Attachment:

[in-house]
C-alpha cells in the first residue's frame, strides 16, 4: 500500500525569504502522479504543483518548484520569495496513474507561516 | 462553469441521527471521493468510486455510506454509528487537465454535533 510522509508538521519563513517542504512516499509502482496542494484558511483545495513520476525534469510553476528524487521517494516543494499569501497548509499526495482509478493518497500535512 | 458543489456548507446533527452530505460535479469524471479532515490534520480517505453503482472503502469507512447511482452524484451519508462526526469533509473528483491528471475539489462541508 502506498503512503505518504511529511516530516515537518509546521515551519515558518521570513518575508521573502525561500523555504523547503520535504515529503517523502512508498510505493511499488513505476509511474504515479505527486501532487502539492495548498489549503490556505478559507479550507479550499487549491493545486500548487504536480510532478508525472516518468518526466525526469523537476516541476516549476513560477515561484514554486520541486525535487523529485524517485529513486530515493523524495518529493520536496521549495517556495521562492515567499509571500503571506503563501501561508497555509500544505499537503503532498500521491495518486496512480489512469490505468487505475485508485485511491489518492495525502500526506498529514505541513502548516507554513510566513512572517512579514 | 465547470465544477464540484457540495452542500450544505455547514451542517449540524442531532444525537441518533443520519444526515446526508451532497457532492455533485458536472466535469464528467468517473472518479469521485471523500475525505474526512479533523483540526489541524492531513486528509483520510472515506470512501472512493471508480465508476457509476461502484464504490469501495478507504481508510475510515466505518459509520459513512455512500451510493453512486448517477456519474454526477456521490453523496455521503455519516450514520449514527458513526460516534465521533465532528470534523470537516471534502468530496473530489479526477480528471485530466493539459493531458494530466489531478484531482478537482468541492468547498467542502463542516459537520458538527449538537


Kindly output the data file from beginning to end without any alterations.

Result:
[in-house]
C-alpha cells in the first residue's frame, strides 16, 4: 500500500525569504502522479504543483518548484520569495496513474507561516 | 462553469441521527471521493468510486455510506454509528487537465454535533 510522509508538521519563513517542504512516499509502482496542494484558511483545495513520476525534469510553476528524487521517494516543494499569501497548509499526495482509478493518497500535512 | 458543489456548507446533527452530505460535479469524471479532515490534520480517505453503482472503502469507512447511482452524484451519508462526526469533509473528483491528471475539489462541508 502506498503512503505518504511529511516530516515537518509546521515551519515558518521570513518575508521573502525561500523555504523547503520535504515529503517523502512508498510505493511499488513505476509511474504515479505527486501532487502539492495548498489549503490556505478559507479550507479550499487549491493545486500548487504536480510532478508525472516518468518526466525526469523537476516541476516549476513560477515561484514554486520541486525535487523529485524517485529513486530515493523524495518529493520536496521549495517556495521562492515567499509571500503571506503563501501561508497555509500544505499537503503532498500521491495518486496512480489512469490505468487505475485508485485511491489518492495525502500526506498529514505541513502548516507554513510566513512572517512579514 | 465547470465544477464540484457540495452542500450544505455547514451542517449540524442531532444525537441518533443520519444526515446526508451532497457532492455533485458536472466535469464528467468517473472518479469521485471523500475525505474526512479533523483540526489541524492531513486528509483520510472515506470512501472512493471508480465508476457509476461502484464504490469501495478507504481508510475510515466505518459509520459513512455512500451510493453512486448517477456519474454526477456521490453523496455521503455519516450514520449514527458513526460516534465521533465532528470534523470537516471534502468530496473530489479526477480528471485530466493539459493531458494530466489531478484531482478537482468541492468547498467542502463542516459537520458538527449538537